I could relate to a lot in this episode. For starters, I frequently run my space heater and fan at the same time, at top speed. Don’ t judge me. What can I say? I’m hot-headed, and I’ve got cold feet! Ba-dum-bum-shhhh. Also, I’m not naming any names or companies, but let’s just say I have personally witnessed social media bandwagonry and what we’ll call “marketing without substance.” But the part about lacking motivation to work and the boss trying to convince you that you don’t do it just for the money? Nope. Don’t know anything about that. Definitely not.
/whistles nonchalantly and walks away with hands in pockets
Aaaaaannnnyyyhoo, so, Ryan has come up with WUPHF.com, a service that harasses you at all communication points when someone wants to send you a message – so, basically, what Facebook will be in about six months. He’s convinced most of his Dunder Mifflin coworkers to invest, and now he’s got enough cash for nine days and a strategy that amounts to “throw WUPHF-branded condoms out of a helicopter during spring break.” Michael is the prime patsy, of course, and is starting to plan for an investor ski weekend before he finds out that the company is broke and everyone wants their money back.
Meanwhile, Dwight has opened “HayPlace” in the parking lot, where he is rectifying a childhood injustice of not being named “Hay King” while Angela finds a new man right under his nose (Hey HRG! Good to see you on another floundering NBC show!) Other than finally seeing the Dwight/Angela storyline go somewhere, this plotline was pretty uneventful. Meanwhile, back in the Dunder Mifflin offices, Michael begins his sales pitch to the office
Michael: “SEX! Now that I have your attention….”
Stanley: “You don’t have our attention.”
Stanley, perking up: “I’m listening.”
Kevin: “You had me at sex.”
In early seasons, this would’ve been a pretty standard, high-humor exchange, but given where The Office is these days, this was downright milk-out-of-your-nose funny. It turns out, Stanley is already an investor, because he has a dream to live isolated at the top of an abandoned lighthouse (yet another thing I can relate to in this episode) that will then go into space (you lost me there).
Blah blah blah – Ryan’s a douche, Dwight’s a psychopath. Michaels’ an idiot. Blah blah blah. The investors meet and decide they want to sell, and Andy turns out to be surprisingly business savvy – maybe it’s that college degree (Where did he go to school again?) But as the majority investor, Michael refuses to sell, saying, “I’d rather go broke betting on my people.” It’s another one of those great, albeit brief, redemptive glimpses into Michael’s psyche.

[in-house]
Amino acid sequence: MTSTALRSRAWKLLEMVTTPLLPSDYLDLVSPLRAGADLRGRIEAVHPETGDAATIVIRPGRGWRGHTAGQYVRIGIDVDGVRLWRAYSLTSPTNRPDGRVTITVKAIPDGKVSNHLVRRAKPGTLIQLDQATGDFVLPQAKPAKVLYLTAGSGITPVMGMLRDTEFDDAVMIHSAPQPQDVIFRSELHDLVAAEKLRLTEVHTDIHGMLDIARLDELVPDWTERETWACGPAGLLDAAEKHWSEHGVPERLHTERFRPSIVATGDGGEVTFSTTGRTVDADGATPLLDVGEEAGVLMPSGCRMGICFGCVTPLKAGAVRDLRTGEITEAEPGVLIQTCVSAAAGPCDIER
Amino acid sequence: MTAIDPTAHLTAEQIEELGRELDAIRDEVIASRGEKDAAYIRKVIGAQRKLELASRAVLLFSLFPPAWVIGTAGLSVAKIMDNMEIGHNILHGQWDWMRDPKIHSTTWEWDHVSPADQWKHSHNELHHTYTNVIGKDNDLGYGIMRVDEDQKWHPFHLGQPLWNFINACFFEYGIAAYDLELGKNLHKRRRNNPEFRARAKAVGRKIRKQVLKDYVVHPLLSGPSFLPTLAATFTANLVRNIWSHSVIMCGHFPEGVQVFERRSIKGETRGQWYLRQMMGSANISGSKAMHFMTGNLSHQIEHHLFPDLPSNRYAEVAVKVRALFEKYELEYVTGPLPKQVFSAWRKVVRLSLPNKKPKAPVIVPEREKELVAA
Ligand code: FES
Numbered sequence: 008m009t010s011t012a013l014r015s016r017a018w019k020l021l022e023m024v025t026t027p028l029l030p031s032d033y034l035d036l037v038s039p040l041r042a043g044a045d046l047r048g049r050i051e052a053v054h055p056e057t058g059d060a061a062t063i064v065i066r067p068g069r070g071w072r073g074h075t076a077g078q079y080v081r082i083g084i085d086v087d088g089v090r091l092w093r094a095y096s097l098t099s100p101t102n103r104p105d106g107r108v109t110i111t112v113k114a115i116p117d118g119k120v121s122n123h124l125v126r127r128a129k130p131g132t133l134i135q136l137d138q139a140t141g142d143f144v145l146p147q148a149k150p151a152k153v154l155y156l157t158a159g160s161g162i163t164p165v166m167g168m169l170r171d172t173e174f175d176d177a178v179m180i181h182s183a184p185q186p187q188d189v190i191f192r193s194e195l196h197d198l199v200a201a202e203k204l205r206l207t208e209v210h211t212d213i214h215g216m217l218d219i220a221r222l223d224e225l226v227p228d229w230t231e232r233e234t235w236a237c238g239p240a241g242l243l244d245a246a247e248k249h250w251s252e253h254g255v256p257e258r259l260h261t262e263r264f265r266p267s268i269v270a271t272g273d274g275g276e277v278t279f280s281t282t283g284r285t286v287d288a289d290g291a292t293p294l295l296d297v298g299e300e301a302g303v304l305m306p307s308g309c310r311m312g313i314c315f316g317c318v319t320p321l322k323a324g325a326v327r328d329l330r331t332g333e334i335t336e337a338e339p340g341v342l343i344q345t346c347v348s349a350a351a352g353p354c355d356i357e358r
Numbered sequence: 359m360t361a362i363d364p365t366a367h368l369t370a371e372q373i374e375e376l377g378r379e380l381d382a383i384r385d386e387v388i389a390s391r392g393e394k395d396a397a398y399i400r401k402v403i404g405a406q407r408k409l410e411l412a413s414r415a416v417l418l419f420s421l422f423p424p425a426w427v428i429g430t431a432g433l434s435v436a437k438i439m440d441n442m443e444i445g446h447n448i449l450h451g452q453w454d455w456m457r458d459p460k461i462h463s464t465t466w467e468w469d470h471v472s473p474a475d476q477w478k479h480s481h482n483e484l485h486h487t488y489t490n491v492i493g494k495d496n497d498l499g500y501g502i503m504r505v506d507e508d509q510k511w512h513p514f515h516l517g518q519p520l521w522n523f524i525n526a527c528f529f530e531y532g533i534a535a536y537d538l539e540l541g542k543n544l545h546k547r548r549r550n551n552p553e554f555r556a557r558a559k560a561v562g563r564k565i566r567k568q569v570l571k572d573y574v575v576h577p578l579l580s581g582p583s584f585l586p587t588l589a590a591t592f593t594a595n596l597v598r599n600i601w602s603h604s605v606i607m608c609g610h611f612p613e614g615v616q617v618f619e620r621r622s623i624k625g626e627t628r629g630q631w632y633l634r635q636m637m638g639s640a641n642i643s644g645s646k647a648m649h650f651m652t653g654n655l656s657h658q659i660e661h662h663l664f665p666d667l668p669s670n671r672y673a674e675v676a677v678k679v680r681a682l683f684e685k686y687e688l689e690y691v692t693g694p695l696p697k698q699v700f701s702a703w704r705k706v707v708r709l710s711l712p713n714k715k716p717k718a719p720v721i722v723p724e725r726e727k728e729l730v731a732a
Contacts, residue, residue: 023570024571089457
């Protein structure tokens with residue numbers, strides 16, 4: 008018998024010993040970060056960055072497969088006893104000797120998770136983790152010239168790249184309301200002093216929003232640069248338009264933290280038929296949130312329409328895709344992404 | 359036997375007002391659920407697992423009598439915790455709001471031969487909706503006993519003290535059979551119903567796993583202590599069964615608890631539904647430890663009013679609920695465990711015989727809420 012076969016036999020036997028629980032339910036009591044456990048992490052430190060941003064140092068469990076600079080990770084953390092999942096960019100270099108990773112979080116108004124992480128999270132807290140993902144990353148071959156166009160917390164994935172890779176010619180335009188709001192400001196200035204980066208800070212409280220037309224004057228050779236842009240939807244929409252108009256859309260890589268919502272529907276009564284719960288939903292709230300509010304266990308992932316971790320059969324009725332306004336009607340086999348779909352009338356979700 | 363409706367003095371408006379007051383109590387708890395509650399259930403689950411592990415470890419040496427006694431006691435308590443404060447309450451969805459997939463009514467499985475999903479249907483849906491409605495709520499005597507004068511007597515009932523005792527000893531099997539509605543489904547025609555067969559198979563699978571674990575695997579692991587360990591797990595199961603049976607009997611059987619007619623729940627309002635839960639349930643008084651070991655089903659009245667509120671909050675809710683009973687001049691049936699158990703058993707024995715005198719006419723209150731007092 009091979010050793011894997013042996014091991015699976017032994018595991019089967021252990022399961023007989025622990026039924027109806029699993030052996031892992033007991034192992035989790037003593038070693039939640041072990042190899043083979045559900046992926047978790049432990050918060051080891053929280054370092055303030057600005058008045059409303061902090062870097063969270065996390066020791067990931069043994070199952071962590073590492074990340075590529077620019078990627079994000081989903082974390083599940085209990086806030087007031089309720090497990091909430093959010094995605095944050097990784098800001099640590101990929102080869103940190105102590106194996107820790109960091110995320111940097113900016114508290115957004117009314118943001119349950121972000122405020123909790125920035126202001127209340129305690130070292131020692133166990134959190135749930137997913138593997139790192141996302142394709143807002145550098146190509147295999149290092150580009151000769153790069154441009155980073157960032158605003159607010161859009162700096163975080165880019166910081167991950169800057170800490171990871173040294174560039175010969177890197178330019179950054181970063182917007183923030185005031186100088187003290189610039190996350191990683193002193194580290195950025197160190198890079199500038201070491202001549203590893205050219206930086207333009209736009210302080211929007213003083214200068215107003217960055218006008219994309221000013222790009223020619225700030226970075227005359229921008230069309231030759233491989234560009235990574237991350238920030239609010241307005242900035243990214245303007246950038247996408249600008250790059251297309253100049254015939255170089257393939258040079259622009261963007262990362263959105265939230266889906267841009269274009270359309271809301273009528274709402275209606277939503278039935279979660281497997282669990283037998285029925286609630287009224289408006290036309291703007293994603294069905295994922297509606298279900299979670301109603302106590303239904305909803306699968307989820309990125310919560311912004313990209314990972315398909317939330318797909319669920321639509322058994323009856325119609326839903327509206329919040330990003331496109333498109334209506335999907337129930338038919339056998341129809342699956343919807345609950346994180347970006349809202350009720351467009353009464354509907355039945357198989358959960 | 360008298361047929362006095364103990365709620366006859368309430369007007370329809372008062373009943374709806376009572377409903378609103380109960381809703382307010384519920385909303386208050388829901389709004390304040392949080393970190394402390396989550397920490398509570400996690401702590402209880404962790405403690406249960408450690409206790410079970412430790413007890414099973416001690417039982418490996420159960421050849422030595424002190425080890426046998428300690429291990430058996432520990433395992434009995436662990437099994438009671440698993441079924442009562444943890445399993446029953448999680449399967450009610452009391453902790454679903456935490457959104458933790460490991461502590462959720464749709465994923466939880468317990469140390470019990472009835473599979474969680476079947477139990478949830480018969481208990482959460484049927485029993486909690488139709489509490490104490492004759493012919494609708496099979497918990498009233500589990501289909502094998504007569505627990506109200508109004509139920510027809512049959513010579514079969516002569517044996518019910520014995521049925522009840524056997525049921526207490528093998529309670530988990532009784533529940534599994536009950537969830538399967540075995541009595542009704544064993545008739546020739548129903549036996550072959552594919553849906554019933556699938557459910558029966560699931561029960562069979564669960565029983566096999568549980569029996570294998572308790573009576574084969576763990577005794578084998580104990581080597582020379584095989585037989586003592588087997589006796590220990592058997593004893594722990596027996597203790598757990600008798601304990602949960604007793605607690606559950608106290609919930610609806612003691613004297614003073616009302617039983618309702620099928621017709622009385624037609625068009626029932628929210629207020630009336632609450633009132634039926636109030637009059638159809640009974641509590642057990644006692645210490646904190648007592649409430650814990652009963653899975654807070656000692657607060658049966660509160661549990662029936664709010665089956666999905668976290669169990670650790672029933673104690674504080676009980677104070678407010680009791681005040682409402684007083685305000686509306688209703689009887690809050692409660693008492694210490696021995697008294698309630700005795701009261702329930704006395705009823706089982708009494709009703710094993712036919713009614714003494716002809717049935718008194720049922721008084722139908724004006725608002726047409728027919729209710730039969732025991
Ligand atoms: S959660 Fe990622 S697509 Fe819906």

In any event, it made me want to see something good happen to Michael – and I was even secretly hoping that WUPHF would be come a huge success, even if it meant success for weasely Ryan, if only to see Michael’s faith in people rewarded. Sadly, no. They sell, but Michael leaves us with a great, classic Office monologue:
The world sends people your way. Ryan came to me through a temp agency. Andy was transferred here. No idea where Creed came from. The point is you just have to play with the cards that you’re dealt. Jim – that guy is an ace. Dwight is my king up my sleeve. Phyllis is my old maid. Oscar is my queen. That’s easy. Give me a hard one – that’s what Oscar said. Toby is the instruction card you throw away. Pam is a solid seven. And yeah, you know what? Ryan is probably, like, a two. But sometimes twos can be wild, so watch out. And I am obviously the joker.
I thought we were going to see another callback to The Office’s good old days with an awesome Jim prank at the end – he had been cutting dialogue from Jo Bennett’s biography-on-tape, and I thought he was going to find a way to get his hard-earned commission from Gabe and Sabre. Disappointingly, it was just a prank on Gabe, and a pretty mild one at that, though I guess I can’t fault the writers for not wanting to turn Jim into an embezzler. I do wonder though if Jim might’ve found in Gabe a new target for his pranks … it wouldn’t be nearly as satisfying as sticking it to Dwight (that’s what she said?), and Gabe’s a pretty sympathetic (but still annoying) character, so it might not work. But, Office writers? A change (a change) would do you… would do you good (A change would do you good)